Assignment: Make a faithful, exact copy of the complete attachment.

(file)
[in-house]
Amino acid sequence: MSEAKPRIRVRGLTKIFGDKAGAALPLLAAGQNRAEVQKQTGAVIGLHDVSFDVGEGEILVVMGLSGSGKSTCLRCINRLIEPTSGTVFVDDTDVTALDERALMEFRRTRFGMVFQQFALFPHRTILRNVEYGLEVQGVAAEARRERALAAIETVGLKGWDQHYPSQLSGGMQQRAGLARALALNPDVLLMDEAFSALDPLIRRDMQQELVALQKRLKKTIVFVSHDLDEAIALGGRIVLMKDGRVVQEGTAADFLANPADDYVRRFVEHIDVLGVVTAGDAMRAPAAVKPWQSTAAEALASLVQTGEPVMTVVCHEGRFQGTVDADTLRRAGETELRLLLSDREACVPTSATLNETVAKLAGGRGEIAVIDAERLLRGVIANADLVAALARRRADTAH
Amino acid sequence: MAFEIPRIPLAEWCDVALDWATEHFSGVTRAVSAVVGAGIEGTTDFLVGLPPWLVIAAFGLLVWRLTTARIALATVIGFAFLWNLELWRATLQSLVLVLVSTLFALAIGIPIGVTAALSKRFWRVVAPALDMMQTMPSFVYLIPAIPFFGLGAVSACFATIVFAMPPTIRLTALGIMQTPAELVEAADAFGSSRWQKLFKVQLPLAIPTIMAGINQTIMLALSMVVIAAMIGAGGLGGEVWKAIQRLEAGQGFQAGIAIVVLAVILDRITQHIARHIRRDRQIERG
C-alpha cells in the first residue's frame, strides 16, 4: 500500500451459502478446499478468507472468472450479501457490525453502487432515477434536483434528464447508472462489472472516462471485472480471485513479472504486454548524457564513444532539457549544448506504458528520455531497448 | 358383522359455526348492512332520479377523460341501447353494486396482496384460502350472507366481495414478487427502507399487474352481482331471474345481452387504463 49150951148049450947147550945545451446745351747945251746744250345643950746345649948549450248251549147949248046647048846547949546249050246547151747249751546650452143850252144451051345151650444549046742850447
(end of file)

[in-house]
Amino acid sequence: MSEAKPRIRVRGLTKIFGDKAGAALPLLAAGQNRAEVQKQTGAVIGLHDVSFDVGEGEILVVMGLSGSGKSTCLRCINRLIEPTSGTVFVDDTDVTALDERALMEFRRTRFGMVFQQFALFPHRTILRNVEYGLEVQGVAAEARRERALAAIETVGLKGWDQHYPSQLSGGMQQRAGLARALALNPDVLLMDEAFSALDPLIRRDMQQELVALQKRLKKTIVFVSHDLDEAIALGGRIVLMKDGRVVQEGTAADFLANPADDYVRRFVEHIDVLGVVTAGDAMRAPAAVKPWQSTAAEALASLVQTGEPVMTVVCHEGRFQGTVDADTLRRAGETELRLLLSDREACVPTSATLNETVAKLAGGRGEIAVIDAERLLRGVIANADLVAALARRRADTAH
Amino acid sequence: MAFEIPRIPLAEWCDVALDWATEHFSGVTRAVSAVVGAGIEGTTDFLVGLPPWLVIAAFGLLVWRLTTARIALATVIGFAFLWNLELWRATLQSLVLVLVSTLFALAIGIPIGVTAALSKRFWRVVAPALDMMQTMPSFVYLIPAIPFFGLGAVSACFATIVFAMPPTIRLTALGIMQTPAELVEAADAFGSSRWQKLFKVQLPLAIPTIMAGINQTIMLALSMVVIAAMIGAGGLGGEVWKAIQRLEAGQGFQAGIAIVVLAVILDRITQHIARHIRRDRQIERG
C-alpha cells in the first residue's frame, strides 16, 4: 500500500451459502478446499478468507472468472450479501457490525453502487432515477434536483434528464447508472462489472472516462471485472480471485513479472504486454548524457564513444532539457549544448506504458528520455531497448 | 358383522359455526348492512332520479377523460341501447353494486396482496384460502350472507366481495414478487427502507399487474352481482331471474345481452387504463 49150951148049450947147550945545451446745351747945251746744250345643950746345649948549450248251549147949248046647048846547949546249050246547151747249751546650452143850252144451051345151650444549046742850447